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An impact event is a collision between astronomical objects causing measurable effects.[1] Impact events have physical consequences and have been found to regularly occur in planetary systems, though the most frequent involve asteroids, comets or meteoroids and have minimal effect. When large objects impact terrestrial planets such as the Earth, there can be significant physical and biospheric consequences, though atmospheres mitigate many surface impacts through atmospheric entry. Impact craters and structures are dominant landforms on many of the Solar System’s solid objects and present the strongest empirical evidence for their frequency and scale :

Impact events appear to have played a significant role in the evolution of the Solar System since its formation. Major impact events have significantly shaped Earth’s history, and have been implicated in the formation of the Earth–Moon system, the evolutionary history of life, the origin of water on Earth and several mass extinctions.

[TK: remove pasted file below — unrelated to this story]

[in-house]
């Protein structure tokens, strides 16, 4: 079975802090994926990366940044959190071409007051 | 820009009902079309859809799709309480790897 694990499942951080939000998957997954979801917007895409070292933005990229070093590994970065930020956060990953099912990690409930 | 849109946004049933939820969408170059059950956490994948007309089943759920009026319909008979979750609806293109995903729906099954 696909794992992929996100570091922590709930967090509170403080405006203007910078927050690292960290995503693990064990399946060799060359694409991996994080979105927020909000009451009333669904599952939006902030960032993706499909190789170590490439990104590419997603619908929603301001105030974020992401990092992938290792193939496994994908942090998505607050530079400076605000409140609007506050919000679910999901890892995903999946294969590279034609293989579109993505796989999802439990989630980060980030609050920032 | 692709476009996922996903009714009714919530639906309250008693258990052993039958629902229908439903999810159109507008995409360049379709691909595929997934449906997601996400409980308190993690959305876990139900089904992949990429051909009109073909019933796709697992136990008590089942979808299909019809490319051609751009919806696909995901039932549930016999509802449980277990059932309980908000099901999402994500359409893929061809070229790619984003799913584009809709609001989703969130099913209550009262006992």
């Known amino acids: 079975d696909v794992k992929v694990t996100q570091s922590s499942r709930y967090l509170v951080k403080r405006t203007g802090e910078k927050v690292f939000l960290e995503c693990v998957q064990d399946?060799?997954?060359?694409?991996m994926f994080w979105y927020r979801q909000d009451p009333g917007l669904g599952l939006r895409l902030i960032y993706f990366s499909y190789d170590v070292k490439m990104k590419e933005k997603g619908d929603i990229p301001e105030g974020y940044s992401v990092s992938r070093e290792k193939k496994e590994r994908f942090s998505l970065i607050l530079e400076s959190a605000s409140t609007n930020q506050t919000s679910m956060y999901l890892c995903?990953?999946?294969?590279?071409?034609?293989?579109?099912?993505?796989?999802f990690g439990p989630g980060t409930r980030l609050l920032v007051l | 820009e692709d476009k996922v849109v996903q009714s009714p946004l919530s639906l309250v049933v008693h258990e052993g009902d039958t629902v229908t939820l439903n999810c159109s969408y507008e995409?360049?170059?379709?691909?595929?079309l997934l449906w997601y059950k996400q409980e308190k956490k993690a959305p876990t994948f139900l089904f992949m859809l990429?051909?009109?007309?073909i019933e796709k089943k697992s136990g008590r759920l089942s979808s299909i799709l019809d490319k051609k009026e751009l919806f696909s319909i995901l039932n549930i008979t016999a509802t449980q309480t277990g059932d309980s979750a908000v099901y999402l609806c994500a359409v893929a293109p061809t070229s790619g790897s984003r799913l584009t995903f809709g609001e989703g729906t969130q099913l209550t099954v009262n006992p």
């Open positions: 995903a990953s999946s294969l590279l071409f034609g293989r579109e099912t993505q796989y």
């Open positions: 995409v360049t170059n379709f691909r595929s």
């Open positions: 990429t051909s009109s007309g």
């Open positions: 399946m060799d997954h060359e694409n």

Major impact events have significantly shaped Earth’s history, having been implicated in the formation of the Earth–Moon system, the evolutionary history of life, the origin of water on Earth, and several mass extinctions. Impact structures are the result of impact events on solid objects and, as the dominant landforms on many of the System’s solid objects, present the most solid evidence of prehistoric events. Notable impact events include the hypothesized Late Heavy Bombardment, which would have occurred early in the history of the Earth–Moon system, and the confirmed Chicxulub impact 66 million years ago, believed to be the cause of the Cretaceous–Paleogene extinction event.